Waking up at six in the morning, the typical high school upperclassman will have logged about seven hours of sleep after a long day of work and study. Half awake, half asleep, he or she will trudge to the bus, claim their seat, and sink in to relax for just a bit more before starting –
“The dolphin is the coolest fish that can beat up a elephant!” The scream of a rowdy child jars the bus.
While most passengers on the bus system do not encounter children in elementary or middle school who display an extreme level of disregard for others, high school students are almost guaranteed to have some sort of contact with less than ideal kids.
“Kids are very disrespectful,” says Mike, a high school senior, “but recently the kids on my bus have gotten better.”
Michael, a high school senior, describes his general bus experiences as fine. However, he remarks that the kids on his bus frequently leave their trash on the bus and are not very respectful. Shaun, a high school senior, also describes the bus system overall as effective, saying it “gets me home, gets me to school.” He also mentions that the elementary and middle school students on his bus are also very disrespectful.
The bus system does have measures in place to address this issue. Bus monitors, stationed on every bus, are responsible for ensuring the safety of students on the bus. In addition to supervising each students’ individual bus safety, bus monitors also provide extra attention to the younger passengers. From cleaning up after students to keeping the younger passengers in check, the bus monitors are some of the unsung heroes in the typical school day.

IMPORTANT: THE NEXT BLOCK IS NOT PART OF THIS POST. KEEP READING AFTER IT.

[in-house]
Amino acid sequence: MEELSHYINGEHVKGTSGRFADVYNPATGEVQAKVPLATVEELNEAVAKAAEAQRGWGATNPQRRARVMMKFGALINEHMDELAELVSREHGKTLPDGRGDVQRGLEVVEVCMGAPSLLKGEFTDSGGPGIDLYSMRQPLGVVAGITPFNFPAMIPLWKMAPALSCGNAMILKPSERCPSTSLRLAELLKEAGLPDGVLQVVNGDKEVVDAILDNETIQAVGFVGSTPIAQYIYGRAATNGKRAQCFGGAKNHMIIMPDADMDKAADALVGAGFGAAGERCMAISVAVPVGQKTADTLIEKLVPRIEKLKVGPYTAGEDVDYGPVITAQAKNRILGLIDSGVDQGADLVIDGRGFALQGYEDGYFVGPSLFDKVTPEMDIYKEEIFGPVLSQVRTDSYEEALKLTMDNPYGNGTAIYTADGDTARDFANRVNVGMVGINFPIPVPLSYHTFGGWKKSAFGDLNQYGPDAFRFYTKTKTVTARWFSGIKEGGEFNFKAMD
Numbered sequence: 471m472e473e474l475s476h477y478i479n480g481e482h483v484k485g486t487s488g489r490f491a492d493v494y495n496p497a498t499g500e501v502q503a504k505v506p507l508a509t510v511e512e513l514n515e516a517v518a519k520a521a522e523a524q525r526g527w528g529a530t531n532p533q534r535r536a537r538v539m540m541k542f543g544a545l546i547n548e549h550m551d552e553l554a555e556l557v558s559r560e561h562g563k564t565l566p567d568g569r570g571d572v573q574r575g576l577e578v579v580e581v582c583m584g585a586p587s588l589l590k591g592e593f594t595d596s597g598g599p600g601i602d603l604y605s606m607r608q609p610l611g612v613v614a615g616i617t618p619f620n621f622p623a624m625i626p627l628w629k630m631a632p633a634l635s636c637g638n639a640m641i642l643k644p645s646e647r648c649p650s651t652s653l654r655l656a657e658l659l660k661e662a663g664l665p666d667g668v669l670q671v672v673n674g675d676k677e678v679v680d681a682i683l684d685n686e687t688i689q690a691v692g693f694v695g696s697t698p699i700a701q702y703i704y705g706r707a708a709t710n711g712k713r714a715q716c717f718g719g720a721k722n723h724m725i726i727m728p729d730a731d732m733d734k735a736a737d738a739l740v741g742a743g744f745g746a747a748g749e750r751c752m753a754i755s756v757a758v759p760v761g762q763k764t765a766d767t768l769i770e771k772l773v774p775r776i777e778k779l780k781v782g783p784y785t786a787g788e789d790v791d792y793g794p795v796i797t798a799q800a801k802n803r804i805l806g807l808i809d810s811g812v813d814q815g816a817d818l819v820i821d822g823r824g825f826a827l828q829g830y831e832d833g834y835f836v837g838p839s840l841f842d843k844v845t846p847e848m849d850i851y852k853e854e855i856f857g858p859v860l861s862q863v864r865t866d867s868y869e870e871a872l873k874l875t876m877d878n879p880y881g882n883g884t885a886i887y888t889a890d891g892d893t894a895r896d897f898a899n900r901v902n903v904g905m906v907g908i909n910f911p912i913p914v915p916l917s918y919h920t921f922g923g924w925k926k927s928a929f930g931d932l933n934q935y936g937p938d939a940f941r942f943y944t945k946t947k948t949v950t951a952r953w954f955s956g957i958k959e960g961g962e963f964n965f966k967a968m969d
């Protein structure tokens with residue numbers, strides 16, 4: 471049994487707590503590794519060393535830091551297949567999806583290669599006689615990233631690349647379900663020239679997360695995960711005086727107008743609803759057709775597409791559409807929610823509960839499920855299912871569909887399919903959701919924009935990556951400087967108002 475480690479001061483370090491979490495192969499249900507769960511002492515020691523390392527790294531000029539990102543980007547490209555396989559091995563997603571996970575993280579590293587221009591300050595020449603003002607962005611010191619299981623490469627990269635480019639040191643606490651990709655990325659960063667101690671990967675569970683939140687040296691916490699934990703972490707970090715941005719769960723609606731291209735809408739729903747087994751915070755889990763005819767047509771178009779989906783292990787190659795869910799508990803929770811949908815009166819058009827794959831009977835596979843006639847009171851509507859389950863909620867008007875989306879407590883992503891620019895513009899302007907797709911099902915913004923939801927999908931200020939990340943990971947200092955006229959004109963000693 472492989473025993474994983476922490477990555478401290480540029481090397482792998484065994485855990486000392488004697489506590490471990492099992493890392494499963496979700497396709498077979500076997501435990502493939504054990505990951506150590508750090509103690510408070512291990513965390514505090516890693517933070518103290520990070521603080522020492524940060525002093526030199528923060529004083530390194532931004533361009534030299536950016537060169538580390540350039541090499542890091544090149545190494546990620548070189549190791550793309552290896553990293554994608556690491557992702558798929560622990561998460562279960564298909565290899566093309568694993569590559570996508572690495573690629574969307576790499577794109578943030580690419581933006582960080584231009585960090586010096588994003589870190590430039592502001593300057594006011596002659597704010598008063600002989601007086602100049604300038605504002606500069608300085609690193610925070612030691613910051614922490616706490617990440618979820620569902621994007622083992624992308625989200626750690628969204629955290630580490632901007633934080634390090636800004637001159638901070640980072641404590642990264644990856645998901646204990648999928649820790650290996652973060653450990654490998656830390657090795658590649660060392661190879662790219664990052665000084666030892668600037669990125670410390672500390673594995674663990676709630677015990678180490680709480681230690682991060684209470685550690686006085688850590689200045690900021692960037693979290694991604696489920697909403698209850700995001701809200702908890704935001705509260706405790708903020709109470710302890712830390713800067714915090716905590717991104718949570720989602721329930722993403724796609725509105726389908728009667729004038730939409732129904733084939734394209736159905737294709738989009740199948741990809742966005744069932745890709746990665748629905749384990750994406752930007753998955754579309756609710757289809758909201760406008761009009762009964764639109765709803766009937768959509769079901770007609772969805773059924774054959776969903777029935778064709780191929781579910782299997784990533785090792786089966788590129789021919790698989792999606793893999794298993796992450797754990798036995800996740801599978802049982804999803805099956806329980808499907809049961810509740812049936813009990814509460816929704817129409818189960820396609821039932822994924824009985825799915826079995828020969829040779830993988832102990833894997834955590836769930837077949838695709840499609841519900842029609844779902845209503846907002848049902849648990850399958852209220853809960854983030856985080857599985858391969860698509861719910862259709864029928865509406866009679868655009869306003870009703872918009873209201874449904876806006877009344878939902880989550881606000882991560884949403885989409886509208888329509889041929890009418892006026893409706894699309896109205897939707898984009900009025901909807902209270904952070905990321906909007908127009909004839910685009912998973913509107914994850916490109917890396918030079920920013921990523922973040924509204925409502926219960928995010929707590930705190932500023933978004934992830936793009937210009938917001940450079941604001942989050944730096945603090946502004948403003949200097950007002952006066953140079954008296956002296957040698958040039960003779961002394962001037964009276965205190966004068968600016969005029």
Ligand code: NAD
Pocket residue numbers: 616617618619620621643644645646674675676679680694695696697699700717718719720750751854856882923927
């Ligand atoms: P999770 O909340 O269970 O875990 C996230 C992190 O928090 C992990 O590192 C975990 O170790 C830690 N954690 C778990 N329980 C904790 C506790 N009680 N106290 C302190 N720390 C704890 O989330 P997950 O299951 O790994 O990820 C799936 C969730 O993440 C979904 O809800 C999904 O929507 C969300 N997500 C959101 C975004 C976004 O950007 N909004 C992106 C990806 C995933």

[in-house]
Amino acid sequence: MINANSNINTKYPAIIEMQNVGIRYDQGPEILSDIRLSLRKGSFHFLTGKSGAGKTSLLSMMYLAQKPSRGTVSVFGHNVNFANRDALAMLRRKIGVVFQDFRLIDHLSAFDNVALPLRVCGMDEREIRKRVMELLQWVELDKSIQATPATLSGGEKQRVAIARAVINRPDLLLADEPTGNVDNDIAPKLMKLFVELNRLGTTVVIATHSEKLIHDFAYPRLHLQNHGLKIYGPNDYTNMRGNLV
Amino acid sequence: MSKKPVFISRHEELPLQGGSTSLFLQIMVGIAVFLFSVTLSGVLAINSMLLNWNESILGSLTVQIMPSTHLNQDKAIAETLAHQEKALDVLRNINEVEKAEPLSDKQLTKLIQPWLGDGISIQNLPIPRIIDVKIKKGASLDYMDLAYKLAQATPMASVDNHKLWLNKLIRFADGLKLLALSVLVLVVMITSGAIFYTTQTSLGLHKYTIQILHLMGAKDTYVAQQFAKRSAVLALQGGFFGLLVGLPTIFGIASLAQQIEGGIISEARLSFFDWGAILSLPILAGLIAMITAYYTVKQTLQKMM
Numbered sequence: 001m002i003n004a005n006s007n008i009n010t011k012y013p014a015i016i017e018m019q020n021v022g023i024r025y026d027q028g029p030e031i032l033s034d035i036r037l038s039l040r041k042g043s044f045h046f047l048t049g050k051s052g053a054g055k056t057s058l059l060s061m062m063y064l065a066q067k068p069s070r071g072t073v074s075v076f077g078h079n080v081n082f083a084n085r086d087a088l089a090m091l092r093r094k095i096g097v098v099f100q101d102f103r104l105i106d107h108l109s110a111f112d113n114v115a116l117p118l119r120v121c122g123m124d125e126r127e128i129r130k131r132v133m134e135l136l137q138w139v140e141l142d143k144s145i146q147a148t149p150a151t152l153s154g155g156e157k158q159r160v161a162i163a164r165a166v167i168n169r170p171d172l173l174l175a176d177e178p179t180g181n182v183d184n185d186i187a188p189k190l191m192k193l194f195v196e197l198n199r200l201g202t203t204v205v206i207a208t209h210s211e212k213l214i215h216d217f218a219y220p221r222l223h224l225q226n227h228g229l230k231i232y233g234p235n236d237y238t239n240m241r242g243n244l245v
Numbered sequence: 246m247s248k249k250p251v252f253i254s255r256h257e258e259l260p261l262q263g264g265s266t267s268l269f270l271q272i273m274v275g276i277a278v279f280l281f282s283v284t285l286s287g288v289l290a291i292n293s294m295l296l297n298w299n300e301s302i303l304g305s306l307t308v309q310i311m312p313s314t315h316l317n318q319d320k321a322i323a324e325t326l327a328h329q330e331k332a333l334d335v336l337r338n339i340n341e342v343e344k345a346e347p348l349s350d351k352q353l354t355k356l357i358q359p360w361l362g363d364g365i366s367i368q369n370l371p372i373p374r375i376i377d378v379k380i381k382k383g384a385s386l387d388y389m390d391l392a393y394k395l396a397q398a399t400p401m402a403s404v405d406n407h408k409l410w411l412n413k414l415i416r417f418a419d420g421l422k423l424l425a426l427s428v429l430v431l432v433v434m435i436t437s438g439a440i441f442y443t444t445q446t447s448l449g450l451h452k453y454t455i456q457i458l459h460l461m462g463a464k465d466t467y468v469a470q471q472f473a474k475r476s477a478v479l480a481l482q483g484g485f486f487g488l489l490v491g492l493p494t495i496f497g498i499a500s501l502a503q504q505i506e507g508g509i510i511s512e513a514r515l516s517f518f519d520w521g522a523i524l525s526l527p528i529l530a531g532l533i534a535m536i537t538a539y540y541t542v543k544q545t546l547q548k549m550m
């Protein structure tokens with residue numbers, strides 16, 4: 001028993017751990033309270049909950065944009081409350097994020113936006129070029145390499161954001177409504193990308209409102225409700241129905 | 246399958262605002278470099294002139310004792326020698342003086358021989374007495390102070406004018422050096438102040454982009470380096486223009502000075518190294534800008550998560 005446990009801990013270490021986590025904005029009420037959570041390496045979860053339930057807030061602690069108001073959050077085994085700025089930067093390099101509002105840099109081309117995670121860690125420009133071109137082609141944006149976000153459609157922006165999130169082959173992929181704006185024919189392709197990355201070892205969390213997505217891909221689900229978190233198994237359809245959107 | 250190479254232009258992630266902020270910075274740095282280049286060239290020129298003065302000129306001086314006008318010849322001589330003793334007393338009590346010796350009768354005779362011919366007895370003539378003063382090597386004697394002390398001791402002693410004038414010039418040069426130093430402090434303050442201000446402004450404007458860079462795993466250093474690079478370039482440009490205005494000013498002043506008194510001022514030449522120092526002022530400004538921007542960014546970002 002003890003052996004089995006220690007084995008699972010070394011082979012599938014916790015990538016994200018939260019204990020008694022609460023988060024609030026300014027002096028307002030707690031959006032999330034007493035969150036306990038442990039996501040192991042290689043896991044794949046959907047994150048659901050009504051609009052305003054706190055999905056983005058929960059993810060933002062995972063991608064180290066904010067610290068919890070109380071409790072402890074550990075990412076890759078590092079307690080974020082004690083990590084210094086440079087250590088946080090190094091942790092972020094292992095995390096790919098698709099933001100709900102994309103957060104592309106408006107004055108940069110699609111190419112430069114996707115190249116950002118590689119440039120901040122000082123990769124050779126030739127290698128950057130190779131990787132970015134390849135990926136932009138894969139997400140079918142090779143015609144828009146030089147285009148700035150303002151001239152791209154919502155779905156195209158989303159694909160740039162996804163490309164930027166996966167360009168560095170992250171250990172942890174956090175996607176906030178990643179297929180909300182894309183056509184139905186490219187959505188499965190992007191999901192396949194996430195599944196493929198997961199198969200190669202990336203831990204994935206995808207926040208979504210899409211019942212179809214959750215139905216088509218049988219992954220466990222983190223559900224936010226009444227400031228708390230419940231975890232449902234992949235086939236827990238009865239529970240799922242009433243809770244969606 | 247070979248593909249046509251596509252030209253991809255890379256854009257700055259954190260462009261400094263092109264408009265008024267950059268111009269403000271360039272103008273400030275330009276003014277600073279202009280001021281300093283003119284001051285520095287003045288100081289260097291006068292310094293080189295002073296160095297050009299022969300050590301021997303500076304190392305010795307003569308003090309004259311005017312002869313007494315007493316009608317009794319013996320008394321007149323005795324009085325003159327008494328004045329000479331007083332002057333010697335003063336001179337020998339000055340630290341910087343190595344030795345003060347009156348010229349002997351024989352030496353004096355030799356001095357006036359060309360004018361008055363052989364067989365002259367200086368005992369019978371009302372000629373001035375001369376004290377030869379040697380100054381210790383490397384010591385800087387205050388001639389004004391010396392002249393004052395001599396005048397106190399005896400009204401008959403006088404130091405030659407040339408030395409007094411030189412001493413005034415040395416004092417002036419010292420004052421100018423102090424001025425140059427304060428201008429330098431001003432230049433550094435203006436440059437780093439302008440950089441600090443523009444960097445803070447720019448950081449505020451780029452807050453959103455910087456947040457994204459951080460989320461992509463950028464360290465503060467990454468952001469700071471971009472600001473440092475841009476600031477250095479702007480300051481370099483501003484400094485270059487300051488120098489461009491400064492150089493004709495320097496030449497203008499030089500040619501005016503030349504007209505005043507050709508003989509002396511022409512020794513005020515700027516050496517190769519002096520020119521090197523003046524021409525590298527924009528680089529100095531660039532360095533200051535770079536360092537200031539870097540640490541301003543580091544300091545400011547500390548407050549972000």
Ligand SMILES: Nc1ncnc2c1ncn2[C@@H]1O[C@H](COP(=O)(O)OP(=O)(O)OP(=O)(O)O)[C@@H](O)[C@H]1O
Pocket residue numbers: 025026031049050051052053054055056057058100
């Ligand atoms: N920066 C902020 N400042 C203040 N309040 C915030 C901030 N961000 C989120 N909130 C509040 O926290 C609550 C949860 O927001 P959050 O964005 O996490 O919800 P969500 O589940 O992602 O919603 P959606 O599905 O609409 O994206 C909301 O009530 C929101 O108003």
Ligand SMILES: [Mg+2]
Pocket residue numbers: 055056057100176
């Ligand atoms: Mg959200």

However, some of these bus monitors may not be as effective as they could be. The fact that small kids on the bus end up disturbing others as regularly as they do is partially due to the lack of power or authority that the bus monitors have.
“Bus monitors do their job,” says Shaun, a high school senior, “but the kids don’t listen.”
While it could be simple to hold the kids responsible for their disruptive behavior on the bus, there are other influential factors that are just as culpable. Among the potential sources of are the other students on the bus, such as other middle school students and high school students. Surely, the stray words of a high school student could easily make their way into a nearby elementary school student’s vocabulary.
James, a high school senior, says otherwise. “Well, I don’t really like how little kids swear a lot and high schoolers get blamed for it, well it has some merit to it,” says James. “But like for my bus for example, the little kids on it are super foul mouthed and we have only 3 or 4 high schoolers and none of us cuss.”
Given the circumstances caused by elementary school students sharing the school bus with high school and middle school students, the problems caused by this combination of age groups could be addressed by having separate buses for different grade levels. However, these matters are not nearly serious enough to be dealt with in such a way.
“I’m not complaining,” says James. “This is the most efficient way to transport students, economically and environmentally. I mean why should we prepare three busses that all go to the same spot at the same time just to separate students by grades?”
Written by: Hailey Shin
Group of students used duct tape, scissors, knife and printed paper to make their very own iDevice stickers. They cut out a girl with an umbrella, a deer with big antler, and a diamond. They stuck ithem on their iPhone, MacBook and anywhere they want the stickers to be.
This fun activity was arranged by the WeDesign Club, one of the art clubs in Shanghai American School, during the third day activity day. The club designs various school supplies to make our school look fancier.